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Library and Archives Canada Business Plan 2008 - 2011

Addressing LAC’s Human Resource Challenges

Many Library and Archives Canada employees have been through a challenging and exciting period as the new organization has come into being and as former structures and approaches have been transformed. At the same time, the organization has been part of a wider effort to clarify and address challenges facing the entire federal public service to deal with issues such as official languages, recruitment and retention of staff, meeting employment equity goals and developing a learning culture within organizations. We have begun to implement the new Public Service Modernization Act, which brings significant changes to issues such as new learning standards, new recruitment and staffing processes and recourse, labour relations as well as new responsibilities and authorities under the Financial Administration Act.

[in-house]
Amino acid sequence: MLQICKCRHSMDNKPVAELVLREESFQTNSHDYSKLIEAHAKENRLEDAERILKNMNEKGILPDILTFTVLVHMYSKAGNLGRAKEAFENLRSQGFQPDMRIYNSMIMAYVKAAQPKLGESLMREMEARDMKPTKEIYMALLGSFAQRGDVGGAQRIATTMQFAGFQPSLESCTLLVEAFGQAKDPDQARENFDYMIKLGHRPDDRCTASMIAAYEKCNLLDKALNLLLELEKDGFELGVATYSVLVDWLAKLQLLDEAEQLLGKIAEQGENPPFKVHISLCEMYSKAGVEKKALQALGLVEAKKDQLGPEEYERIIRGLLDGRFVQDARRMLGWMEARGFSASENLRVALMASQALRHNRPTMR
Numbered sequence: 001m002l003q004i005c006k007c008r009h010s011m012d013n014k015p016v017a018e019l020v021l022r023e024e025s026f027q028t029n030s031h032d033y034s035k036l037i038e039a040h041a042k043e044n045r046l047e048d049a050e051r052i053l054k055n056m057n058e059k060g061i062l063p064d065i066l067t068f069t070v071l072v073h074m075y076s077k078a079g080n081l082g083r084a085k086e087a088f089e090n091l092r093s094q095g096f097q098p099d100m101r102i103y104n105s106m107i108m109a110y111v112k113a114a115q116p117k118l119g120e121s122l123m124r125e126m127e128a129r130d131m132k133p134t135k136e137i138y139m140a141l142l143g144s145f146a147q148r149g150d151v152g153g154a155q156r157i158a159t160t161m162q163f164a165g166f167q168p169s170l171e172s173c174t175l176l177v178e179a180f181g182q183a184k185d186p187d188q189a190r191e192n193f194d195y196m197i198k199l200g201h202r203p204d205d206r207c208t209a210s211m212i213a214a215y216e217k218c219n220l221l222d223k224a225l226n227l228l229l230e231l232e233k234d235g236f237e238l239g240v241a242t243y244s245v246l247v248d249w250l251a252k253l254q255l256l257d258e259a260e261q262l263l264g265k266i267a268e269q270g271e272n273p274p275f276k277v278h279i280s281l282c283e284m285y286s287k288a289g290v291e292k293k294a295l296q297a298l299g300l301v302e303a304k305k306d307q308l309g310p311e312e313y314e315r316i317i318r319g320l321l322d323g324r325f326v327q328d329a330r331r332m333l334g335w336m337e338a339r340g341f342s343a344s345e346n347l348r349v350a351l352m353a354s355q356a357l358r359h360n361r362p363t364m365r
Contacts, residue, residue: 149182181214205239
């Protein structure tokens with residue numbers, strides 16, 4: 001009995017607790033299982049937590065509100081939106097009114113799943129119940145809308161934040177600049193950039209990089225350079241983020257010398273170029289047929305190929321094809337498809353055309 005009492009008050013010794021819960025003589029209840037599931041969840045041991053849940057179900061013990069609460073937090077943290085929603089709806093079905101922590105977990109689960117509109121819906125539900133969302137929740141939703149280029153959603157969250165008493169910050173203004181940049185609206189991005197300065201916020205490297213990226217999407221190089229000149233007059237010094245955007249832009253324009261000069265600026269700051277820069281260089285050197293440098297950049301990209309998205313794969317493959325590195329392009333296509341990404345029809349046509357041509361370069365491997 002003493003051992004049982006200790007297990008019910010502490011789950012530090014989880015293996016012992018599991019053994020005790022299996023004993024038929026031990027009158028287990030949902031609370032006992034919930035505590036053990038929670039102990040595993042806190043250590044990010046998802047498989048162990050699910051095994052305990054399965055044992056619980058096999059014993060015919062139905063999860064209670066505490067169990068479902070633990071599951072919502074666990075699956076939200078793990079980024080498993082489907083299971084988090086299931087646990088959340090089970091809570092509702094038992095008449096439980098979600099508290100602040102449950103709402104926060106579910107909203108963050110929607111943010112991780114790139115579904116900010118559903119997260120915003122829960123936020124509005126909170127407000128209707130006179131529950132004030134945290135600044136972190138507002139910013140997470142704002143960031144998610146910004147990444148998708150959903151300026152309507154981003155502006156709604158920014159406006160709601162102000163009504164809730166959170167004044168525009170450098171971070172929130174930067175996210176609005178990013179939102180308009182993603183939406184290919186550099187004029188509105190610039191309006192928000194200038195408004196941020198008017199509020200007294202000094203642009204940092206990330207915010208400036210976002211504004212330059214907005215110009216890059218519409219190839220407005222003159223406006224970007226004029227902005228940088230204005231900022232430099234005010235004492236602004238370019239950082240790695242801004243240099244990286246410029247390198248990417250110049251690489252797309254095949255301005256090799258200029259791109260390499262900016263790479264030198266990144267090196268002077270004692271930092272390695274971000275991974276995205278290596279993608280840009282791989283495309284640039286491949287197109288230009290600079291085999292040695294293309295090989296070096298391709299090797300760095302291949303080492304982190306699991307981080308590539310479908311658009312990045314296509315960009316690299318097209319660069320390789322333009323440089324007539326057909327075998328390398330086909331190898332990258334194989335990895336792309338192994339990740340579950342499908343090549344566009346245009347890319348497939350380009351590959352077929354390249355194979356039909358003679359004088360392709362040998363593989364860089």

Within LAC, the “2005 Employee Survey” found that individual employees often have positive perceptions about their work and their workplaces. However, the survey also revealed serious concerns about the availability of resources and a desire for some stability in a time of constant change. Many employees also indicated concerns about perceived harassment and discrimination in their workplaces as well as a strong belief, particularly in some occupational groups, that they were not classified appropriately and opportunities for promotions are limited. Within the context of the new Public Service Employment Regulations, LAC has created a career progression management framework for incumbent-based promotion for its HR (historical research) employees in line with the Public Service Commission and Treasury Board Secretariat requirements.

Leadership and professional development are key learning activities to ensure LAC is equipped to meet the higher standards of management accountability.

The need to build a stronger workplace community, to meet public service-wide expectations and to ensure that LAC continues to have the people with the skills and experience to meet our mandate has been an important focus of management attention. It has already been translated into a corporate strategic and operational human resources plan that will continue to be implemented during the period covered by the business plan.

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